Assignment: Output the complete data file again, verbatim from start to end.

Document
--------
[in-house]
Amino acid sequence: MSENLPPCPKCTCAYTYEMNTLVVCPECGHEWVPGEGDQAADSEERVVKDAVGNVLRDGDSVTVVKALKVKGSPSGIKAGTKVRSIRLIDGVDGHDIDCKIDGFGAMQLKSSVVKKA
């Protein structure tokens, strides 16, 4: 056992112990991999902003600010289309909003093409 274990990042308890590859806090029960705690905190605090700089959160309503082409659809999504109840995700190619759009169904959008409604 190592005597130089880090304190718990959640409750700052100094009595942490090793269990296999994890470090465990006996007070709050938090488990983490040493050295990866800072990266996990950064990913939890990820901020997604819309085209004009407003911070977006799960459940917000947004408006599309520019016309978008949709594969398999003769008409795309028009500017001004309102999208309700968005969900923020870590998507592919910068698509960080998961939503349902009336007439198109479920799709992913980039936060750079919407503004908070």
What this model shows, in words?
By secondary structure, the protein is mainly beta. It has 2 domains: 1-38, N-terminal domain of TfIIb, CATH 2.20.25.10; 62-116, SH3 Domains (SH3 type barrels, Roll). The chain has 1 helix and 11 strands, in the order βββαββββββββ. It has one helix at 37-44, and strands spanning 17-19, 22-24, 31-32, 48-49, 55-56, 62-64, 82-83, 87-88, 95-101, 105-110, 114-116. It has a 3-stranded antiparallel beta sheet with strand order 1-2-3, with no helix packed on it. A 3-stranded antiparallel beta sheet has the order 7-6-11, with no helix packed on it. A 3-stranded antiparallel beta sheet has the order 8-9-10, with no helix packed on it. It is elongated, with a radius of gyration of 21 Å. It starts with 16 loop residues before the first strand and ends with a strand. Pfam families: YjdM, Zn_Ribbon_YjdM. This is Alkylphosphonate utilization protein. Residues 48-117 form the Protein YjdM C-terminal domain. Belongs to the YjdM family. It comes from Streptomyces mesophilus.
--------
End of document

[in-house]
Amino acid sequence: MSENLPPCPKCTCAYTYEMNTLVVCPECGHEWVPGEGDQAADSEERVVKDAVGNVLRDGDSVTVVKALKVKGSPSGIKAGTKVRSIRLIDGVDGHDIDCKIDGFGAMQLKSSVVKKA
């Protein structure tokens, strides 16, 4: 056992112990991999902003600010289309909003093409 274990990042308890590859806090029960705690905190605090700089959160309503082409659809999504109840995700190619759009169904959008409604 190592005597130089880090304190718990959640409750700052100094009595942490090793269990296999994890470090465990006996007070709050938090488990983490040493050295990866800072990266996990950064990913939890990820901020997604819309085209004009407003911070977006799960459940917000947004408006599309520019016309978008949709594969398999003769008409795309028009500017001004309102999208309700968005969900923020870590998507592919910068698509960080998961939503349902009336007439198109479920799709992913980039936060750079919407503004908070």
What this model shows, in words?
By secondary structure, the protein is mainly beta. It has 2 domains: 1-38, N-terminal domain of TfIIb, CATH 2.20.25.10; 62-116, SH3 Domains (SH3 type barrels, Roll). The chain has 1 helix and 11 strands, in the order βββαββββββββ. It has one helix at 37-44, and strands spanning 17-19, 22-24, 31-32, 48-49, 55-56, 62-64, 82-83, 87-88, 95-101, 105-110, 114-116. It has a 3-stranded antiparallel beta sheet with strand order 1-2-3, with no helix packed on it. A 3-stranded antiparallel beta sheet has the order 7-6-11, with no helix packed on it. A 3-stranded antiparallel beta sheet has the order 8-9-10, with no helix packed on it. It is elongated, with a radius of gyration of 21 Å. It starts with 16 loop residues before the first strand and ends with a strand. Pfam families: YjdM, Zn_Ribbon_YjdM. This is Alkylphosphonate utilization protein. Residues 48-117 form the Protein YjdM C-terminal domain. Belongs to the YjdM family. It comes from Streptomyces mesophilus.